Steve Bechler, Major League Baseball Player, 1979-2002
Born November 28, 1979, RHP Steven Scott Bechler was drafted by the Baltimore Orioles in the 3rd round in the 1998 amateur draft. Now, by all accounts, Steve Bechler should be little more than a footnote in the history of Major League Baseball. In the time that followed his introduction to the Orioles organisation, Bechler only made a few appearances in for the major league club, spending much of his career bouncing back and forth between A and Triple-A teams in the Orioles' farm system. When Bechler finally broke into the major leagues on September 7, 2002, he pitched two innings versus the Anaheim Angels, allowing one run. In all Bechler pitched in a mere three games for the Orioles.
No, from a statistical perspective, Bechler doesn't have a great deal of relevance to Major League Baseball. What happened during spring training in 2003, however, is another issue.
On February 17, 2003, during the Orioles' morning workouts, Bechler collapsed following a conditioning run. Rushed to the hospital, it was initially determined that he was suffering from severe dehydration. His condition worsened, however, and by 10:10 AM, Bechler was pronounced dead, with complications due to heatstroke named as the primary cause. The story of Bechler doesn't end here, however.
While in transport to the hospital, the paramedics on the scene were handed a dietary supplement found in Bechler's locker. This supplement. Xenadrine, turned out to contain Ephedra, a controversial herbal compound used by athletes around the world to increase energy and improve weight loss.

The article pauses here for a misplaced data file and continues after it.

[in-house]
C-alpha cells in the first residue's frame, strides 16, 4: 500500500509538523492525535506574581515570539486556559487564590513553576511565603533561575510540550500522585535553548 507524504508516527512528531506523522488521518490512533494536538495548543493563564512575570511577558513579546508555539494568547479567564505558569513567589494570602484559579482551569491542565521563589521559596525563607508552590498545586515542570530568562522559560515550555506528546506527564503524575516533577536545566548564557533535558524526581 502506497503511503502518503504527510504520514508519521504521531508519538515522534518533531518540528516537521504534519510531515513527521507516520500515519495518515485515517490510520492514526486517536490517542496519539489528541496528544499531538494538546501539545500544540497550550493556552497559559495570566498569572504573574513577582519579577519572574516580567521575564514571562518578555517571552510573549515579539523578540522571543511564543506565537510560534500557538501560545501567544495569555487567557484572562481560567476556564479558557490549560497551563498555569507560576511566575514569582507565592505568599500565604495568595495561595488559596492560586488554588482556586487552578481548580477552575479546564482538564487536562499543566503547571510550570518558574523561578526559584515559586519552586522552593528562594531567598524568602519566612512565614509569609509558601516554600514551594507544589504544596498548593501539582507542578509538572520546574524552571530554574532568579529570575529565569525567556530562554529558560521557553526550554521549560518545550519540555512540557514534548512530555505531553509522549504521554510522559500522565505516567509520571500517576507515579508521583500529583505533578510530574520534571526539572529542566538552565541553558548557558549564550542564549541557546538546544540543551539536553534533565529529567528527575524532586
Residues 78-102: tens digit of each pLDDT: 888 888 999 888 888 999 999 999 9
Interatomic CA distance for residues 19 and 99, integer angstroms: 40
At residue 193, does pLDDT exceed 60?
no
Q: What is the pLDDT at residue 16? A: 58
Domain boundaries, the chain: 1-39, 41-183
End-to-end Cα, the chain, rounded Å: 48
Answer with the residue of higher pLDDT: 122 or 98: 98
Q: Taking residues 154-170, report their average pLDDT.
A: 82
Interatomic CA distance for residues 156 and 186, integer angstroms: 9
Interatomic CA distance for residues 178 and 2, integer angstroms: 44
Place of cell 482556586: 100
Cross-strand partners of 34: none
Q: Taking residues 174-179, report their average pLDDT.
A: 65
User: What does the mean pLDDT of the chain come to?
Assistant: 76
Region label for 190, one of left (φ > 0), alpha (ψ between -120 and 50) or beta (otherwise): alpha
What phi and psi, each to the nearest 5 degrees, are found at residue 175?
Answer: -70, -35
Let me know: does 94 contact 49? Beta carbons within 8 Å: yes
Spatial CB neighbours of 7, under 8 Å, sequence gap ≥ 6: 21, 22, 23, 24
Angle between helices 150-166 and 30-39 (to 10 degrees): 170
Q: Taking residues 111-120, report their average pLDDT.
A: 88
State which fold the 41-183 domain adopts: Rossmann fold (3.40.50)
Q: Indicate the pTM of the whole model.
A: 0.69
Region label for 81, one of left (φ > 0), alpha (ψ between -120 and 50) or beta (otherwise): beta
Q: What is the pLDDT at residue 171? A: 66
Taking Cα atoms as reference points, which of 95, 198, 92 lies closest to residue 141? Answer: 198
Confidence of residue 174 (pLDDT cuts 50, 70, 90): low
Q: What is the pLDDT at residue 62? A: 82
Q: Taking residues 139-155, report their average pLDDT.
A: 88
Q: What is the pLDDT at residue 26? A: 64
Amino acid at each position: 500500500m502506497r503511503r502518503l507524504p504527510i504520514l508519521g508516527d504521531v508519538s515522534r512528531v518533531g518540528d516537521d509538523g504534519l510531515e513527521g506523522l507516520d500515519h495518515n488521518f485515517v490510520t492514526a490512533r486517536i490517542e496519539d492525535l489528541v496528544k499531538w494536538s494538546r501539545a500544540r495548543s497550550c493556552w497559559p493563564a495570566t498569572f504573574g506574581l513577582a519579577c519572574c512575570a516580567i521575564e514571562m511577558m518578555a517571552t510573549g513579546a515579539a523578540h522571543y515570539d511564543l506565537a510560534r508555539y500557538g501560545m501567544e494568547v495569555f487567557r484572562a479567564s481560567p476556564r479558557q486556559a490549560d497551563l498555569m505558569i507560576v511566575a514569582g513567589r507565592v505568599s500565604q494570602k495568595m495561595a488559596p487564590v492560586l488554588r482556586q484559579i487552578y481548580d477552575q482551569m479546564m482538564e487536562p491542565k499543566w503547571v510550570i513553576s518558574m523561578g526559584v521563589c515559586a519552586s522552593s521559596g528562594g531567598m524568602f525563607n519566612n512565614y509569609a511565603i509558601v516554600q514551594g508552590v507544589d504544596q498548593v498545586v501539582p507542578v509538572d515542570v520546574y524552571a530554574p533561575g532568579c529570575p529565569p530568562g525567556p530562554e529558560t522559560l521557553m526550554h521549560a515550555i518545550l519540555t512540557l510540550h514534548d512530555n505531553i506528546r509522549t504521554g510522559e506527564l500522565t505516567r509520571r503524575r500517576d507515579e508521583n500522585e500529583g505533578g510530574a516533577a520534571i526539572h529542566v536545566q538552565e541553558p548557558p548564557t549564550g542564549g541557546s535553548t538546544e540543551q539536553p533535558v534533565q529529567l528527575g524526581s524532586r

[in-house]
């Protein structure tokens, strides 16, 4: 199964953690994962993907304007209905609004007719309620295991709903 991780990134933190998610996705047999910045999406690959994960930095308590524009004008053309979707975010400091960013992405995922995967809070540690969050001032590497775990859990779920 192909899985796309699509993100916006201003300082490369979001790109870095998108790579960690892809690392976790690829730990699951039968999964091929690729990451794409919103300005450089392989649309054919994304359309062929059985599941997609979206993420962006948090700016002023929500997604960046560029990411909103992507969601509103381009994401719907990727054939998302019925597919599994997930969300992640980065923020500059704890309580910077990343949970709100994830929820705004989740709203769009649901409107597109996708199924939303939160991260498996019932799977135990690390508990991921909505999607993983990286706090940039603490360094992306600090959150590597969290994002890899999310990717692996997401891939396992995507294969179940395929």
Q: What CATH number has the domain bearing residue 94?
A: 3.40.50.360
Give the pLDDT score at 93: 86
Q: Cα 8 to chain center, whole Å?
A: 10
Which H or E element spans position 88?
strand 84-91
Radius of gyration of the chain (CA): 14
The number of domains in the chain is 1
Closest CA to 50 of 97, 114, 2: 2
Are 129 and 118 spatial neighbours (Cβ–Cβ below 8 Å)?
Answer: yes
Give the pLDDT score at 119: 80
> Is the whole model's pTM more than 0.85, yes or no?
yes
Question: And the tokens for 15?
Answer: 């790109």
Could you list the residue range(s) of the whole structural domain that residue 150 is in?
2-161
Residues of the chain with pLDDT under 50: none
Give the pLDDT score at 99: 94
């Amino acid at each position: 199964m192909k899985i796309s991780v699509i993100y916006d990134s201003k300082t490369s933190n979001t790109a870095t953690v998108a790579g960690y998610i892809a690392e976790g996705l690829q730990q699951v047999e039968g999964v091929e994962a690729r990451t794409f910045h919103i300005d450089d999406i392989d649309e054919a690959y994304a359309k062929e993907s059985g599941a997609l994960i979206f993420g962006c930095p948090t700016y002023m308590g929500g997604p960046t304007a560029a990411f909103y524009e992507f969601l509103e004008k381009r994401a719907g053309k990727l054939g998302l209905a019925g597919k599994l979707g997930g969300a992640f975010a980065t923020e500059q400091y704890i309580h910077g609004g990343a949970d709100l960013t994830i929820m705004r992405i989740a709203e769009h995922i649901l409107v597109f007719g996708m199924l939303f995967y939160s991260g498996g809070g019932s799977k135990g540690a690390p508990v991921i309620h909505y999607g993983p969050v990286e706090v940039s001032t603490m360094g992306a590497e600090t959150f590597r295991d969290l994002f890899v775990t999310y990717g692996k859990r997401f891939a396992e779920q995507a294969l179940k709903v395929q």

It didn't take doctors long to link Bechler's apparent overuse of ephedra to his death; Bechler's collapse was not much unlike the death of NFL offensive lineman Korey Stringer, less than two years prior; in both cases, supplements containing ephedra were found with the players' equipment. Indeed, these were just two in an ever-increasing handful of athletic deaths linked to the use of this supplement.
Indeed, Steve Bechler is no longer a mere footnote in the annals of Major League Baseball. Ten days after his death, Major League Baseball announced the ban of the ephedra in its minor league system -- although neither a timetable nor regulations were ever enacted for the major leagues. This is in stark contrast to the NFL, which banned the substance across the board following Stringer's death.
In July of 2003, Bechler's family testified before Congress regarding ephedra supplements. Shortly thereafter, on December 30, 2003, the US FDA announced an impending ban on the sale of herbal supplements containing ephedra. Coinciding with this announcement was a statement by former Cy Young Award-winner and Orioles vice president of business operations, Mike Flanagan, in support of the federal ban.
See also: Everything Quests: Athletes and Sports Figures